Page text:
Molluscum

What is molluscum contagiosum?

Molluscum contagiosum is a common viral skin infection. It most often affects infants and young children but adults may also be infected.

 

Molluscum contagiosum presents as clusters of small round bumps (papules) especially in the warm moist places such as the armpit, groin or behind the knees. They range in size from 1 to 6 mm and may be white, pink or brown. They often have a waxy, pinkish look with a small central pit (umbilicated). As they resolve, they may become inflamed, crusted or scabby. There may be few or hundreds of spots on one individual.

 

Molluscum contagiosum is a harmless virus but it may persist for months or occasionally for a couple of years. Molluscum contagiosum may rarely leave tiny pit-like scars.

 

Molluscum frequently induces dermatitis in the affected areas, which are dry, pink and itchy. An itchy rash may sometimes appear on distant sites and represents an immunological reaction or ‘id’ to the virus.

 

How do you catch molluscum contagiosum?

Molluscum contagiosum can be spread from person to person (especially children) by direct skin contact. This appears to be more likely in wet conditions, such as when children bathe or swim together. Sexual transmission is possible in adults.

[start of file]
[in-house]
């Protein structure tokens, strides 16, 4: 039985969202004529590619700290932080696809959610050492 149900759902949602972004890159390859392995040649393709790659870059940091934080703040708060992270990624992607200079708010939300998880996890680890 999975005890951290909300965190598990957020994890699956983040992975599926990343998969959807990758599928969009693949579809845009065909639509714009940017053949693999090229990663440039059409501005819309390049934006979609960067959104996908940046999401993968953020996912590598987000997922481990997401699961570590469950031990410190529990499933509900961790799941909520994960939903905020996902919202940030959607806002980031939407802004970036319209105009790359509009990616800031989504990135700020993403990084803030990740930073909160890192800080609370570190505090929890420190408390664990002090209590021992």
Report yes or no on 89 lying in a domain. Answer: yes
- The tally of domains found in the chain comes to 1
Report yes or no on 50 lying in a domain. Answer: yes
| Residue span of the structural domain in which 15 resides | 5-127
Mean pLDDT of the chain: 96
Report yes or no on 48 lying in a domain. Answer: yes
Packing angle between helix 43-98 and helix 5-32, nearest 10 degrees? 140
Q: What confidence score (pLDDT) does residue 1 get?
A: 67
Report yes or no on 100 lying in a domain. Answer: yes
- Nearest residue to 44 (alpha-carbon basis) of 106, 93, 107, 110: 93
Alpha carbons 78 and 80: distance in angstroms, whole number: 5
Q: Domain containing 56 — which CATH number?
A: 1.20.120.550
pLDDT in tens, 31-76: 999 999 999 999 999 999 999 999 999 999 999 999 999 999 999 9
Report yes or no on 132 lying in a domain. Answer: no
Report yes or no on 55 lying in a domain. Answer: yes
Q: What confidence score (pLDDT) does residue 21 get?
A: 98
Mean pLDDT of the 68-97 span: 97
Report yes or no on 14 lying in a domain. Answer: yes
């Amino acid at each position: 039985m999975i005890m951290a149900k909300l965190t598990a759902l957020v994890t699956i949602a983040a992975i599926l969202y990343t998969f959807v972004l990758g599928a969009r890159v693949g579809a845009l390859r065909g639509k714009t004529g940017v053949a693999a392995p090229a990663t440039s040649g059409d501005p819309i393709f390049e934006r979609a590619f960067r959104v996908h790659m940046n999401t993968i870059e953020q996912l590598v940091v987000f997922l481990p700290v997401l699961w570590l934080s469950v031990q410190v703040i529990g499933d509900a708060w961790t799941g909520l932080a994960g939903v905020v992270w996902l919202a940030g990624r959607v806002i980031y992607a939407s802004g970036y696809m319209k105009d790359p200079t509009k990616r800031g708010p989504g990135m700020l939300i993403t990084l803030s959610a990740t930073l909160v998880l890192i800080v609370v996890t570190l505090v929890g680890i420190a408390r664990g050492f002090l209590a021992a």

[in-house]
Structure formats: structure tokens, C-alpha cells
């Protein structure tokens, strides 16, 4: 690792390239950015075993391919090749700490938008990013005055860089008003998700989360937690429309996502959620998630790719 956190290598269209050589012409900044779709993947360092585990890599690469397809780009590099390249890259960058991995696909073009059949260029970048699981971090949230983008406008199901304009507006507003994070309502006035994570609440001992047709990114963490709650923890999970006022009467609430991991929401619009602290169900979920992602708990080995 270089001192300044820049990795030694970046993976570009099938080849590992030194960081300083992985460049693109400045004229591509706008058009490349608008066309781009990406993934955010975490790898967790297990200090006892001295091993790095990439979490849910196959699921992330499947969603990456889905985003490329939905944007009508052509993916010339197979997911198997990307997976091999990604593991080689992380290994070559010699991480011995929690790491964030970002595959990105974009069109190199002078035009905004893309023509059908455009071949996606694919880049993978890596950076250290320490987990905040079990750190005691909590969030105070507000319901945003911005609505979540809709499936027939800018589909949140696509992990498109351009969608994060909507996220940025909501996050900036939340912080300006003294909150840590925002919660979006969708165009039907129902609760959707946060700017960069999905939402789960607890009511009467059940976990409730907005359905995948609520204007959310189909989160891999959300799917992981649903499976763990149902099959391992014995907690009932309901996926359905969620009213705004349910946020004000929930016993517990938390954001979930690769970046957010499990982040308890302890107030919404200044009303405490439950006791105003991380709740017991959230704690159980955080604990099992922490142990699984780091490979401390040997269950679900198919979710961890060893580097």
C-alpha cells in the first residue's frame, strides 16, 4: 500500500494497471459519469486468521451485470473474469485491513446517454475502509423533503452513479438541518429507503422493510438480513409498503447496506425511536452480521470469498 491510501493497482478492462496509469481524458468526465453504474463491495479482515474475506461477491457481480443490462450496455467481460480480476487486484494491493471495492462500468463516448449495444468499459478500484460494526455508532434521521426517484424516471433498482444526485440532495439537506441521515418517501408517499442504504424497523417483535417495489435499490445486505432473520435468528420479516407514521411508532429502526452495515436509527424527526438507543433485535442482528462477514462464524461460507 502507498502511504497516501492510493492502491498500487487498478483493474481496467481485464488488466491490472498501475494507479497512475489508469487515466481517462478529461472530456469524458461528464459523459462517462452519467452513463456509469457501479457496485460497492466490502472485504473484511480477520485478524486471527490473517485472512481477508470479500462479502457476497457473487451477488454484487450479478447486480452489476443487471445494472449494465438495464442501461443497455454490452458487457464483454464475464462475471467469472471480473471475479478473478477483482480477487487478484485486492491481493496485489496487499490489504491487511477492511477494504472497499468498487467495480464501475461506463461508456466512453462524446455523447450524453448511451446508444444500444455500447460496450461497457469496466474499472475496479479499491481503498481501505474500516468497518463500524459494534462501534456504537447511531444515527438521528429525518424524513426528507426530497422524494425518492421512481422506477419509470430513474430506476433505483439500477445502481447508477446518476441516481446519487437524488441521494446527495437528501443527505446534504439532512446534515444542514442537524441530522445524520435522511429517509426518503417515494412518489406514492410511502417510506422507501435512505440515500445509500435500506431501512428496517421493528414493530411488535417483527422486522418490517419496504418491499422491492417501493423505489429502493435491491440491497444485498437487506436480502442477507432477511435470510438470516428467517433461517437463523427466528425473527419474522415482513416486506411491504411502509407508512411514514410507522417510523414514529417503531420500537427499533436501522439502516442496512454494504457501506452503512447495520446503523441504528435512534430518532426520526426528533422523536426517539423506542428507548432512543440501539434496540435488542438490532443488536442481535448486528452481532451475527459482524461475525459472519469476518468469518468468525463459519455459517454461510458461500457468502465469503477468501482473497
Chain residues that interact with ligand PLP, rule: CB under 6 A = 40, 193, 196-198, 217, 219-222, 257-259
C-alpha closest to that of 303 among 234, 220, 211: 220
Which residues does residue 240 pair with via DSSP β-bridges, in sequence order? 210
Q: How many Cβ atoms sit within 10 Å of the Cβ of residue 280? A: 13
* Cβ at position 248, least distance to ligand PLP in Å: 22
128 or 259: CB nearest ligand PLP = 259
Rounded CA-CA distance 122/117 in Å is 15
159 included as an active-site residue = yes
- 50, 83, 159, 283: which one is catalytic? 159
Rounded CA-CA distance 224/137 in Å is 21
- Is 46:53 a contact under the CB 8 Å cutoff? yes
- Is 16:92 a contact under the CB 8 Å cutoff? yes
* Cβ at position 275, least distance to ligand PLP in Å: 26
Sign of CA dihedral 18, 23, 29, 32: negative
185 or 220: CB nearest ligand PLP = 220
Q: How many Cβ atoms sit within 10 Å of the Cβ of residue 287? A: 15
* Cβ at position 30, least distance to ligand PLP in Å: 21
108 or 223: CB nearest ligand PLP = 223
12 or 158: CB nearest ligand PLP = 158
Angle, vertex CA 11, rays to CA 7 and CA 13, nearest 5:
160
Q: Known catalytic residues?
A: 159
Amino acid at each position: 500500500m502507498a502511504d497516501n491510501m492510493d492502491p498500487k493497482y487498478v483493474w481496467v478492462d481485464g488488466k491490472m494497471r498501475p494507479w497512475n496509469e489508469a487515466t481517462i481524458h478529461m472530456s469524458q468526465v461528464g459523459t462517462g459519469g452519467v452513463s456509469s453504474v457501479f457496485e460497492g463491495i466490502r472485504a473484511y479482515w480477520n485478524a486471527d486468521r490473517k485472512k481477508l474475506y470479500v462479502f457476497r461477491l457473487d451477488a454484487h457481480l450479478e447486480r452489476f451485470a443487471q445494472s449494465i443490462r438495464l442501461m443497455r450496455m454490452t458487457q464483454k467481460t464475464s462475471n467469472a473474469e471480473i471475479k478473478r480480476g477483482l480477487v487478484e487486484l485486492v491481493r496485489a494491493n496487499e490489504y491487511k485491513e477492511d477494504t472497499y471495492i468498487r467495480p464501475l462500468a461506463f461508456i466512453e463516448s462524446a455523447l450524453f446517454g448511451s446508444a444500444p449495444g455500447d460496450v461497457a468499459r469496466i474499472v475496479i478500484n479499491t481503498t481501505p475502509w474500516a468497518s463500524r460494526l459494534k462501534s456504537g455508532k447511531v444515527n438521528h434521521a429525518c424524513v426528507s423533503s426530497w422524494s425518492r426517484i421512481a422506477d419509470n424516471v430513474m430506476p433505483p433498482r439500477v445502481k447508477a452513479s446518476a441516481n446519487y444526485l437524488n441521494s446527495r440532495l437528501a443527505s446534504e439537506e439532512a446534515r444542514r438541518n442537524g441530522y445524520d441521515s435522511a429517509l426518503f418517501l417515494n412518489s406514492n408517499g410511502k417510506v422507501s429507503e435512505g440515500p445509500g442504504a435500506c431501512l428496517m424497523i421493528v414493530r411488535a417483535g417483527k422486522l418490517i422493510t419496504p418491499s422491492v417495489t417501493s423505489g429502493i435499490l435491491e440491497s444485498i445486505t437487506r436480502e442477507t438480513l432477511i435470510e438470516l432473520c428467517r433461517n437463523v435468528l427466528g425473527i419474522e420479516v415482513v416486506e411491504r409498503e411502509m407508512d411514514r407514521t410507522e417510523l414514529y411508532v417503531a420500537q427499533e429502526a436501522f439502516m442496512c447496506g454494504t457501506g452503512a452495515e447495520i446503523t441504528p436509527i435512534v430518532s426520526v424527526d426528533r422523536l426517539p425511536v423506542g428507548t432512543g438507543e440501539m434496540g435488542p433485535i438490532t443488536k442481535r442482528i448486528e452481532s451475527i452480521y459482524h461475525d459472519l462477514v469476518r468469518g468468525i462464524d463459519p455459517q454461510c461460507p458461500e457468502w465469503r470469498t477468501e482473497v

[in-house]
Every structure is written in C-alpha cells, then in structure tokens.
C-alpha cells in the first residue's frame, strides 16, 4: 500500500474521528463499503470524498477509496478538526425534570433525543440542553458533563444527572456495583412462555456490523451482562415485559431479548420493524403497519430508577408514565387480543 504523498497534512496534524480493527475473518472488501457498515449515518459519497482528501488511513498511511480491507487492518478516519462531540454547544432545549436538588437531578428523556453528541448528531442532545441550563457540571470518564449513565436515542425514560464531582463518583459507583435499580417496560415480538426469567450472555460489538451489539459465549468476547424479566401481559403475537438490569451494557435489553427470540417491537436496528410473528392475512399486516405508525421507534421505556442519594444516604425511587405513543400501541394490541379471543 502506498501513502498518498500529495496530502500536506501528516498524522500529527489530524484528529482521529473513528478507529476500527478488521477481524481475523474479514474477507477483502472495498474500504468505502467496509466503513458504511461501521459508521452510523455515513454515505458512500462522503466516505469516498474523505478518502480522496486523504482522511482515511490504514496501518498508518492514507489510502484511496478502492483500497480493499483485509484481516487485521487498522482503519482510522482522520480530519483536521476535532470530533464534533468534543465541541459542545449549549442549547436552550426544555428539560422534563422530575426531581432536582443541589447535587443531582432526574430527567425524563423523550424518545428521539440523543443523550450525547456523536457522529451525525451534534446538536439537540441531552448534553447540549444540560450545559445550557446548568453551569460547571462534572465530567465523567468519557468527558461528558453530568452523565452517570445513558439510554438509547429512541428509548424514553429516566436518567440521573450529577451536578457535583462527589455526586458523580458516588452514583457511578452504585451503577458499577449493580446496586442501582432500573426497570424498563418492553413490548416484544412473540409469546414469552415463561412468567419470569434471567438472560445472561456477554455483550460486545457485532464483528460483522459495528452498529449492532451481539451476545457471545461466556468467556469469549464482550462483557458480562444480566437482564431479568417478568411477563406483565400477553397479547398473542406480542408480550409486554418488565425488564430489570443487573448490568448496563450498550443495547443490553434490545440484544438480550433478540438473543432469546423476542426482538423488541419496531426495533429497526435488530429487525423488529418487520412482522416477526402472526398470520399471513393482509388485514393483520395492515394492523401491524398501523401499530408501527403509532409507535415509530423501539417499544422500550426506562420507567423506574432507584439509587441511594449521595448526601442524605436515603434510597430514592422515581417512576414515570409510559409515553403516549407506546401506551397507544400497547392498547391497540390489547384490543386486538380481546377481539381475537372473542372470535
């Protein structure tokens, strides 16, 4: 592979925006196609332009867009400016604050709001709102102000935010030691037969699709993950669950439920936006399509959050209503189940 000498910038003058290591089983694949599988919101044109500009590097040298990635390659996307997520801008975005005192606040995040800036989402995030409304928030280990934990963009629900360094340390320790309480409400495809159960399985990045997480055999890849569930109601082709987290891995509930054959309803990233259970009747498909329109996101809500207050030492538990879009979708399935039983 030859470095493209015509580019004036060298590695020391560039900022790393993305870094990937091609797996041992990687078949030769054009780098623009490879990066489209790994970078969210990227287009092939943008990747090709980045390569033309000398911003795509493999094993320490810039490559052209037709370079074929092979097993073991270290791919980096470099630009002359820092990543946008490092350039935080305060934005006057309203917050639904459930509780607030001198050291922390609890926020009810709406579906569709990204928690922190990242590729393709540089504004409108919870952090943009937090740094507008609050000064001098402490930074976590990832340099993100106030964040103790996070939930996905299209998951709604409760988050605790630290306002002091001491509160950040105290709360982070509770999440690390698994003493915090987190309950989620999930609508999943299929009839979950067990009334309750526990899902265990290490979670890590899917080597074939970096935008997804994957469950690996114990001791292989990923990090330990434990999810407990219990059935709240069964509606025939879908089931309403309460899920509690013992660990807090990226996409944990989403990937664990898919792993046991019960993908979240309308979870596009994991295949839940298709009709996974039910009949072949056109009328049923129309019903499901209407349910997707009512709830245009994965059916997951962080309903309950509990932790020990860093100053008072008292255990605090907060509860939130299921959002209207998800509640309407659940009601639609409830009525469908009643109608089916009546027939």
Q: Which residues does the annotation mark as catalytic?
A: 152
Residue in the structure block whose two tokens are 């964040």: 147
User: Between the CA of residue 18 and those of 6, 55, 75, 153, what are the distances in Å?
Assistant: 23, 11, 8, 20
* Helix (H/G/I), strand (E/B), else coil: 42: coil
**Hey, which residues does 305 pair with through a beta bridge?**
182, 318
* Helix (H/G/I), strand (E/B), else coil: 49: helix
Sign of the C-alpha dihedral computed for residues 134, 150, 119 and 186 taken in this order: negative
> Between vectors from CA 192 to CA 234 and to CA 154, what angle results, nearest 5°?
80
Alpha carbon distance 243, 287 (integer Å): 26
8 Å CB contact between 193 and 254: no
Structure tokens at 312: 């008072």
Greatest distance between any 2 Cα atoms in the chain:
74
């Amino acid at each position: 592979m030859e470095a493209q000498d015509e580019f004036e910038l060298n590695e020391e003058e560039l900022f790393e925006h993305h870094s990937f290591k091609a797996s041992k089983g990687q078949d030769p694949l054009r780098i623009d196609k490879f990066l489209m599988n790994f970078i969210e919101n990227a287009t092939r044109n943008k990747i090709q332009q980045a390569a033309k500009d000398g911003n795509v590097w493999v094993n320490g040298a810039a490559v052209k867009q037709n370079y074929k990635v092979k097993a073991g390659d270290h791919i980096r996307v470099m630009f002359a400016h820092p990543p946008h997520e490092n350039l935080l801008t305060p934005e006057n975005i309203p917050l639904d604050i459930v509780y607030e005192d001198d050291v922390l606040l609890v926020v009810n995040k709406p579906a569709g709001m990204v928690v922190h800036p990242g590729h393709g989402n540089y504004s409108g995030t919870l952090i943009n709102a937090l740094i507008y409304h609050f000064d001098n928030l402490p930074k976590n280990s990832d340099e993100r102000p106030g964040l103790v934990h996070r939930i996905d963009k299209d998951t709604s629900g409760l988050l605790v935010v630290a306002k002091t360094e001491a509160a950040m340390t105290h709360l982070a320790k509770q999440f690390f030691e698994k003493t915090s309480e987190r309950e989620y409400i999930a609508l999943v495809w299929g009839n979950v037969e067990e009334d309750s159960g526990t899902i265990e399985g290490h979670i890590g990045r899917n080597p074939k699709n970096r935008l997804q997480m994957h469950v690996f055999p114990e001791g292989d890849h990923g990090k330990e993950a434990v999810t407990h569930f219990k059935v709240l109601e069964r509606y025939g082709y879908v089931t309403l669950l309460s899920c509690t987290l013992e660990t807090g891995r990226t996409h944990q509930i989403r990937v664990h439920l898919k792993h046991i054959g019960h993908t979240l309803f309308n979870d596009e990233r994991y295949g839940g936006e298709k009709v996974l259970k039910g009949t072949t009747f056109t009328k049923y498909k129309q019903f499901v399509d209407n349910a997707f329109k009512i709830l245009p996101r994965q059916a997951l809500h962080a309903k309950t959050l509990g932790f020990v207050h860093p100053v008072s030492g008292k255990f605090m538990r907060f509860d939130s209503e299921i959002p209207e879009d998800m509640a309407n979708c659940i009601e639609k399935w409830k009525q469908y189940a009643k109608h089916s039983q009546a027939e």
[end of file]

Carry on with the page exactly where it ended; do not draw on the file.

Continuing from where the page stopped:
Lesions tend to be more numerous and last longer in children who also have atopic eczema. It can be very extensive and troublesome in patients with human immunodeficiency virus infection.

 

Molluscum contagiosum may arise in areas that have been injured, often because they’ve been scratched. The papules form a row; this is known as koebnerised molluscum.

 

How is the diagnosis of molluscum contagiosum made?

 

Molluscum is usually recognised by its characteristic appearance clinically or on dermatoscopy. White molluscum bodies can often be expressed from the centre of the papules. Sometimes, diagnosis is made on seeing the histopathological features of molluscum contagiosum on skin biopsy.

 

What is the treatment for molluscum contagiosum?

 

Medical treatments include:

  • Minor surgery, curettage (topical anaesthetic cream may be applied first) or laser ablation
  • Cryotherapy
  • Cantharidine
  • Imiquimod cream
  • Wart paints containing salicylic acid or podophyllin

 

Schedule an appointment with one of our medical providers to see which treatment is best for you.

 

PHDermatology